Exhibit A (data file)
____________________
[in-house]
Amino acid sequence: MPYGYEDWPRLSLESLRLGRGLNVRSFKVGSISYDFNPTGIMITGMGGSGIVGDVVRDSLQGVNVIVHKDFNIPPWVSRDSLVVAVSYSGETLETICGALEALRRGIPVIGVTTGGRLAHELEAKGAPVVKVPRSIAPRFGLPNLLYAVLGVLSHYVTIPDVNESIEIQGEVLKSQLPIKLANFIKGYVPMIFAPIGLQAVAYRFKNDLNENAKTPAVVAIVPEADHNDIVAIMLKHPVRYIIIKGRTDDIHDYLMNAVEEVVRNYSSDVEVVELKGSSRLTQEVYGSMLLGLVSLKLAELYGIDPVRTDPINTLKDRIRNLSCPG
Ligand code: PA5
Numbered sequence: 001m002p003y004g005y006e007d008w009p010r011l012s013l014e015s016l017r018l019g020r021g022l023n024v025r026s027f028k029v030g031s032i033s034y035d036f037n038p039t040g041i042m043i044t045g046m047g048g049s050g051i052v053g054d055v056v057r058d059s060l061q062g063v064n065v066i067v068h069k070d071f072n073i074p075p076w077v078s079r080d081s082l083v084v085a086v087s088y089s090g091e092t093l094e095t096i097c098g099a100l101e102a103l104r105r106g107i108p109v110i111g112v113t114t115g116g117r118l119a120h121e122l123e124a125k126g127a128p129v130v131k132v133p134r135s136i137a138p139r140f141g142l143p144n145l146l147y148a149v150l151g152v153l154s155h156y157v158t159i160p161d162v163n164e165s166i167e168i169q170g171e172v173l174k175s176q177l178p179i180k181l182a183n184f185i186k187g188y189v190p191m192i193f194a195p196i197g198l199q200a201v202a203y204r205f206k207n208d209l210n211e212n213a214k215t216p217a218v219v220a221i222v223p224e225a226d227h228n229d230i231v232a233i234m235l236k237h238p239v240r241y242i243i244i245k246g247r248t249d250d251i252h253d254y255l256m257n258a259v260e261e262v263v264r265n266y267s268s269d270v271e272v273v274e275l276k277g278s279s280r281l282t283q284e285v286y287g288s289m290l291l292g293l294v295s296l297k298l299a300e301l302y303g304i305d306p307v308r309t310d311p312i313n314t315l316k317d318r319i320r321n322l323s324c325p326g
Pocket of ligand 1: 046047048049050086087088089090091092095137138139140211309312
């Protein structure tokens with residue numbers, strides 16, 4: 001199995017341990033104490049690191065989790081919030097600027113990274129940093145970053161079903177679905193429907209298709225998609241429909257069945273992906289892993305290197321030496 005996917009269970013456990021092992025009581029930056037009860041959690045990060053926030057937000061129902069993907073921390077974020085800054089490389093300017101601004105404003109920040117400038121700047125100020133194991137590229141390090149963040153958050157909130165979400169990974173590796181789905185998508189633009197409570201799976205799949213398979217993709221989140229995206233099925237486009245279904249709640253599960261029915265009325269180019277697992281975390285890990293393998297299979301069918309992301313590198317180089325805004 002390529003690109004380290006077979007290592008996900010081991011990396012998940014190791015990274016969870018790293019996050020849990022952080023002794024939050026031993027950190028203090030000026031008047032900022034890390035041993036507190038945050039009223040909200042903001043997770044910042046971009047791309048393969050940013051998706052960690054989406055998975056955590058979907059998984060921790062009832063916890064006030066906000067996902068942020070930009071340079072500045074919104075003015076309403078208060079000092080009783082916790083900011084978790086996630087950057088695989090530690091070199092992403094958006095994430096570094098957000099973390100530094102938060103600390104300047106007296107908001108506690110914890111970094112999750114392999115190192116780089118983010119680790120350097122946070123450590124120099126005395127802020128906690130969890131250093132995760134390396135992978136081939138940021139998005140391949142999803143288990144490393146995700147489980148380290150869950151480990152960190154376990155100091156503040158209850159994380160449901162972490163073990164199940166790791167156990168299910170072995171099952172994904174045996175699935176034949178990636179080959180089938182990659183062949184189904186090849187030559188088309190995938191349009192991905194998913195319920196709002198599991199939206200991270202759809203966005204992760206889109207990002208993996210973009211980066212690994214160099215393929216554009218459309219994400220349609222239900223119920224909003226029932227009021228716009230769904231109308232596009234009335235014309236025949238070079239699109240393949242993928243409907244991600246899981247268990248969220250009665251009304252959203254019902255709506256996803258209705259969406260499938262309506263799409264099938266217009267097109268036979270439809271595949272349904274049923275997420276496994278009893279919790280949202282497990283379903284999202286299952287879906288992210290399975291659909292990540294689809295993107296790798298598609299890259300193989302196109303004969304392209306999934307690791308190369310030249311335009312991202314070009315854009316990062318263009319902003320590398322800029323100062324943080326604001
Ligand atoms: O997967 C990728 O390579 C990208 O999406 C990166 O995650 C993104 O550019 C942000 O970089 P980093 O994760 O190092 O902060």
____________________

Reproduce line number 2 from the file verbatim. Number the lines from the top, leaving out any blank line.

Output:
Amino acid sequence: MPYGYEDWPRLSLESLRLGRGLNVRSFKVGSISYDFNPTGIMITGMGGSGIVGDVVRDSLQGVNVIVHKDFNIPPWVSRDSLVVAVSYSGETLETICGALEALRRGIPVIGVTTGGRLAHELEAKGAPVVKVPRSIAPRFGLPNLLYAVLGVLSHYVTIPDVNESIEIQGEVLKSQLPIKLANFIKGYVPMIFAPIGLQAVAYRFKNDLNENAKTPAVVAIVPEADHNDIVAIMLKHPVRYIIIKGRTDDIHDYLMNAVEEVVRNYSSDVEVVELKGSSRLTQEVYGSMLLGLVSLKLAELYGIDPVRTDPINTLKDRIRNLSCPG